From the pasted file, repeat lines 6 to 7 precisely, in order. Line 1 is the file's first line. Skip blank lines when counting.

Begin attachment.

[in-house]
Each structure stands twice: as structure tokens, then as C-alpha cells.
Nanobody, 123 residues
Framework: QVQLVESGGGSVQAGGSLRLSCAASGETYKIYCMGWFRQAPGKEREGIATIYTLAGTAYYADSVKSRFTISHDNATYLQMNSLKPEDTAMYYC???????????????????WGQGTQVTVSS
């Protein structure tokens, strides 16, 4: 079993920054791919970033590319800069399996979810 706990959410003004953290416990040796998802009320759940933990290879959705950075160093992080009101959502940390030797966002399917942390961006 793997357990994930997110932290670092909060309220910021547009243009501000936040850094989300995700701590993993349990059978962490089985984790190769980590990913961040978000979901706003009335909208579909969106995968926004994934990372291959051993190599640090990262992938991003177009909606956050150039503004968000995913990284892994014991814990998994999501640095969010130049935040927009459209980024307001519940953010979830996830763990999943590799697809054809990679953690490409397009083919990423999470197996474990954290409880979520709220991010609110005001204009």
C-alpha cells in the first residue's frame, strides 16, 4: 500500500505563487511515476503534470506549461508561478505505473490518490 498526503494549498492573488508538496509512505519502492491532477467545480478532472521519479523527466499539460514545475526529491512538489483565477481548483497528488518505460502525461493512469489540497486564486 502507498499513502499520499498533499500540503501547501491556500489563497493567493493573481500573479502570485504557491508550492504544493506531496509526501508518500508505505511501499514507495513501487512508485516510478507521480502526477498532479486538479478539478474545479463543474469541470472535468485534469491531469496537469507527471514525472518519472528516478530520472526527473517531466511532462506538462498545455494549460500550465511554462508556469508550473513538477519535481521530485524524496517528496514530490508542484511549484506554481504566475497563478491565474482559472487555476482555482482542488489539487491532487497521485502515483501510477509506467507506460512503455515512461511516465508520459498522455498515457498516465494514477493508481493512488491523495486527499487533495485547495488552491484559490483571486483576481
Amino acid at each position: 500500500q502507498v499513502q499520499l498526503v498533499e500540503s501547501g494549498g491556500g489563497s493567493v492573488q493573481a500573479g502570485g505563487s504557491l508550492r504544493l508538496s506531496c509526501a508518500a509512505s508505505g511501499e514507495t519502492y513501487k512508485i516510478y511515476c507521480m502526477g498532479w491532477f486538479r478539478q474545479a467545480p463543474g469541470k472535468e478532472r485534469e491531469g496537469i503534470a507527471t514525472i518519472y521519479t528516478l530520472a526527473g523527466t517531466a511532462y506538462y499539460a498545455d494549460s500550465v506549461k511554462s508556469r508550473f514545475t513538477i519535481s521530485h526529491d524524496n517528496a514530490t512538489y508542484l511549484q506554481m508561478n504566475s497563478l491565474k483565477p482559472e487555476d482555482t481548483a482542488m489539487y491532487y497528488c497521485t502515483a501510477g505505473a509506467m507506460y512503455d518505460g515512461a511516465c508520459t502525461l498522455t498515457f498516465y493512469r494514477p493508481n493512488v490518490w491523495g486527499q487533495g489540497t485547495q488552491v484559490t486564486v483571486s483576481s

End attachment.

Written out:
C-alpha cells in the first residue's frame, strides 16, 4: 500500500505563487511515476503534470506549461508561478505505473490518490 498526503494549498492573488508538496509512505519502492491532477467545480478532472521519479523527466499539460514545475526529491512538489483565477481548483497528488518505460502525461493512469489540497486564486 502507498499513502499520499498533499500540503501547501491556500489563497493567493493573481500573479502570485504557491508550492504544493506531496509526501508518500508505505511501499514507495513501487512508485516510478507521480502526477498532479486538479478539478474545479463543474469541470472535468485534469491531469496537469507527471514525472518519472528516478530520472526527473517531466511532462506538462498545455494549460500550465511554462508556469508550473513538477519535481521530485524524496517528496514530490508542484511549484506554481504566475497563478491565474482559472487555476482555482482542488489539487491532487497521485502515483501510477509506467507506460512503455515512461511516465508520459498522455498515457498516465494514477493508481493512488491523495486527499487533495485547495488552491484559490483571486483576481
Amino acid at each position: 500500500q502507498v499513502q499520499l498526503v498533499e500540503s501547501g494549498g491556500g489563497s493567493v492573488q493573481a500573479g502570485g505563487s504557491l508550492r504544493l508538496s506531496c509526501a508518500a509512505s508505505g511501499e514507495t519502492y513501487k512508485i516510478y511515476c507521480m502526477g498532479w491532477f486538479r478539478q474545479a467545480p463543474g469541470k472535468e478532472r485534469e491531469g496537469i503534470a507527471t514525472i518519472y521519479t528516478l530520472a526527473g523527466t517531466a511532462y506538462y499539460a498545455d494549460s500550465v506549461k511554462s508556469r508550473f514545475t513538477i519535481s521530485h526529491d524524496n517528496a514530490t512538489y508542484l511549484q506554481m508561478n504566475s497563478l491565474k483565477p482559472e487555476d482555482t481548483a482542488m489539487y491532487y497528488c497521485t502515483a501510477g505505473a509506467m507506460y512503455d518505460g515512461a511516465c508520459t502525461l498522455t498515457f498516465y493512469r494514477p493508481n493512488v490518490w491523495g486527499q487533495g489540497t485547495q488552491v484559490t486564486v483571486s483576481s